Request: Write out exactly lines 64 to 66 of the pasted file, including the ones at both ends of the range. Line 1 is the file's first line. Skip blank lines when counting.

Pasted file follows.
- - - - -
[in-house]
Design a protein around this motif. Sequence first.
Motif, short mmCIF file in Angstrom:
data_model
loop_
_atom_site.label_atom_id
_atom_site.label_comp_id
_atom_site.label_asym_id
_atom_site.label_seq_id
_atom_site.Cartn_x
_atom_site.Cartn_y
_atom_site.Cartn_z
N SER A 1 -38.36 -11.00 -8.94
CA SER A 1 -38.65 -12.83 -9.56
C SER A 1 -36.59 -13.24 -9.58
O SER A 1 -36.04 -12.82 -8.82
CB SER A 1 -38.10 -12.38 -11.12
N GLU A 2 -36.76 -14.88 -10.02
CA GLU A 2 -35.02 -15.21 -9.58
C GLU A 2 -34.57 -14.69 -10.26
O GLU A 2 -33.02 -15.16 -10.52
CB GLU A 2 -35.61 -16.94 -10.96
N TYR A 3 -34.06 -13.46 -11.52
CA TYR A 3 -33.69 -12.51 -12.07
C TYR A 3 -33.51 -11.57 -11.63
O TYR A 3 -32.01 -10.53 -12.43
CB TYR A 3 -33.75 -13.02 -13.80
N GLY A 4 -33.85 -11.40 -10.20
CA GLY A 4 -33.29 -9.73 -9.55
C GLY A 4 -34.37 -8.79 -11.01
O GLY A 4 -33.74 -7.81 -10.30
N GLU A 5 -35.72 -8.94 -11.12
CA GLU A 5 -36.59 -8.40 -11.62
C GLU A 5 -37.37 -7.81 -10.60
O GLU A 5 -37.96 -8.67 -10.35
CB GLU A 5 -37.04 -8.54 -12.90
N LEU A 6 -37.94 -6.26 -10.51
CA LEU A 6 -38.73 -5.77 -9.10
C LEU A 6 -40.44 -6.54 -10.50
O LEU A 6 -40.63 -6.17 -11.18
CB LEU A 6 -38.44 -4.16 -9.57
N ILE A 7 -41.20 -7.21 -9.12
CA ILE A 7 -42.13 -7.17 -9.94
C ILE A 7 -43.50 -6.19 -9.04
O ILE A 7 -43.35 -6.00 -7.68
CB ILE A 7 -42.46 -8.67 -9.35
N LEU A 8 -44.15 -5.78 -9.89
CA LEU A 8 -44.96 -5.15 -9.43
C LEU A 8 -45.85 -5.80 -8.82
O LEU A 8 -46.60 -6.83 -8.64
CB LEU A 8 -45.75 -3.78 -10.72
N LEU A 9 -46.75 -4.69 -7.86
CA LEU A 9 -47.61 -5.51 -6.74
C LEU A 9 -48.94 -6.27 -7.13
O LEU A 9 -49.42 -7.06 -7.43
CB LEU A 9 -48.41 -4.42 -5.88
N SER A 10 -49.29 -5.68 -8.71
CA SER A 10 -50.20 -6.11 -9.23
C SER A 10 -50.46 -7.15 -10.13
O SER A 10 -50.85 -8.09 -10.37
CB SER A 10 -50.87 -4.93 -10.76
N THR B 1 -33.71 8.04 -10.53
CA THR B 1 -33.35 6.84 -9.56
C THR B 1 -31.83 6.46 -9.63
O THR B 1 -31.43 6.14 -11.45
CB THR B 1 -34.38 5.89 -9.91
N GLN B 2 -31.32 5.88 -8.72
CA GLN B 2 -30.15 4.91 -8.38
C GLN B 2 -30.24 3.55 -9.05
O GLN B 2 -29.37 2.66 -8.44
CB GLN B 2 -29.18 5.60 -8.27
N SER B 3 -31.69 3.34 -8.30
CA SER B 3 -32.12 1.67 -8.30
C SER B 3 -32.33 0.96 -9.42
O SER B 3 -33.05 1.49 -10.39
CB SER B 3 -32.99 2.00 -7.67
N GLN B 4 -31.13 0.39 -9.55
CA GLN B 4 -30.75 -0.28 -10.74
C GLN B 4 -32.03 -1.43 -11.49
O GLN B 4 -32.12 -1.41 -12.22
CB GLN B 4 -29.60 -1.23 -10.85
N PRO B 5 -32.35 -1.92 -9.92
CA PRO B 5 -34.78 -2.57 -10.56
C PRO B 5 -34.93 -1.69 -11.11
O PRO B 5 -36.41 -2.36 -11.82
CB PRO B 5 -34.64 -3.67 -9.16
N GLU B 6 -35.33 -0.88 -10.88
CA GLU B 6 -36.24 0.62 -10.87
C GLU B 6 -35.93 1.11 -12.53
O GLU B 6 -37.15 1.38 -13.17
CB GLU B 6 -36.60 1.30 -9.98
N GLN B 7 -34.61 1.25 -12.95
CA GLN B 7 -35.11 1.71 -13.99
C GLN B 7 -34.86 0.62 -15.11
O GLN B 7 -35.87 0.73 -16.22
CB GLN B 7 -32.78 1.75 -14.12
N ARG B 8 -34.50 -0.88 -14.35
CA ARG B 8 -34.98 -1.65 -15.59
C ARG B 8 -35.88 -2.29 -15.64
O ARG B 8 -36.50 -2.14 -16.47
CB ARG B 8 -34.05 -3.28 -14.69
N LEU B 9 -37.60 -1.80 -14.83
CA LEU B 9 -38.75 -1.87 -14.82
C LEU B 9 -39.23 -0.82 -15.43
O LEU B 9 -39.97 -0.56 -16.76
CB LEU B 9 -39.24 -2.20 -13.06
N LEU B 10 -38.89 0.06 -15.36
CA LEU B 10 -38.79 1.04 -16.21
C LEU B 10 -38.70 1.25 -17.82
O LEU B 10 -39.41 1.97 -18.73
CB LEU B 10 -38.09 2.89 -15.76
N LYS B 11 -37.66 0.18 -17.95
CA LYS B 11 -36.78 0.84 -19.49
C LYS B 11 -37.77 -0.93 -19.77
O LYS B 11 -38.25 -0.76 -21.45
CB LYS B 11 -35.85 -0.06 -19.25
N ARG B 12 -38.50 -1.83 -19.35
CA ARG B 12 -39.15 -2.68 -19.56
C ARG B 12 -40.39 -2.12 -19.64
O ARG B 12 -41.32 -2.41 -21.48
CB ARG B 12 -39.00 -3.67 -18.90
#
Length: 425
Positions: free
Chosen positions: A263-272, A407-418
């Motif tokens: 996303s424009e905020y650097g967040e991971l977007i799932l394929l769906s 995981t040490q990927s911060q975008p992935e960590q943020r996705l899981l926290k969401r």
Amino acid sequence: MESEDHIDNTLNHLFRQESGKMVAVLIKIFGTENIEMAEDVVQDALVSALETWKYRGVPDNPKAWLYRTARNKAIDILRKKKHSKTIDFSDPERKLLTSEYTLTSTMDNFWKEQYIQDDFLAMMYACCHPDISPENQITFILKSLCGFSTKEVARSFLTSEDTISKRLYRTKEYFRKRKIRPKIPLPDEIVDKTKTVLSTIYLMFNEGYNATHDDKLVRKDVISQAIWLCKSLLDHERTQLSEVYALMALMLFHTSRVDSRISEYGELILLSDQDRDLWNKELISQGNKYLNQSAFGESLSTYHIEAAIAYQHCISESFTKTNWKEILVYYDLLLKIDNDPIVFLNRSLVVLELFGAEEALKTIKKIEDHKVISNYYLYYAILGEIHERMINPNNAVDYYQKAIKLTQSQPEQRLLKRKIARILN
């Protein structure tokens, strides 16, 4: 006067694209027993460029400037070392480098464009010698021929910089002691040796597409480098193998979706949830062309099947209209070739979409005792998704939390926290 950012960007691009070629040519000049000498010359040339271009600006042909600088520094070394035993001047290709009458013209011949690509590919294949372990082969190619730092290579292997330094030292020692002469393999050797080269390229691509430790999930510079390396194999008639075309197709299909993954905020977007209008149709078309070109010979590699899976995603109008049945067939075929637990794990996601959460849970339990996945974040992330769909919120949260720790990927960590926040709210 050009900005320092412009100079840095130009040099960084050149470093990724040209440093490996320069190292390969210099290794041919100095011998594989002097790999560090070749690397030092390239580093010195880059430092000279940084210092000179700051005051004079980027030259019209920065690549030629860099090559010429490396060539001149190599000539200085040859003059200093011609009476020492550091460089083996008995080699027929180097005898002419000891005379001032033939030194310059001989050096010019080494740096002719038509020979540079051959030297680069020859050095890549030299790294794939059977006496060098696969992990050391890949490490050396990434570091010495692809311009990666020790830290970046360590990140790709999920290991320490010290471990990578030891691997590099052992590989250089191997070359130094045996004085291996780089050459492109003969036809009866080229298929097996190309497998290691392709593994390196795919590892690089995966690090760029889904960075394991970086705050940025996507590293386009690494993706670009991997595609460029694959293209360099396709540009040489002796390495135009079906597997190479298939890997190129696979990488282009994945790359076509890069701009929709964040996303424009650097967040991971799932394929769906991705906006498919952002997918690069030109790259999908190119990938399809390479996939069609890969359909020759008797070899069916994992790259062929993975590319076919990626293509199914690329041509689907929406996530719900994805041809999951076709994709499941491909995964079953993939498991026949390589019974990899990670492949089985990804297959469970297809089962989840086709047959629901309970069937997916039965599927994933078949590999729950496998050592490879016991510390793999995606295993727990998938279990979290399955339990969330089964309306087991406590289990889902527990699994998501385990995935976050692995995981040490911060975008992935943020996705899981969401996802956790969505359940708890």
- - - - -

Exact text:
C THR B 1 -31.83 6.46 -9.63
O THR B 1 -31.43 6.14 -11.45
CB THR B 1 -34.38 5.89 -9.91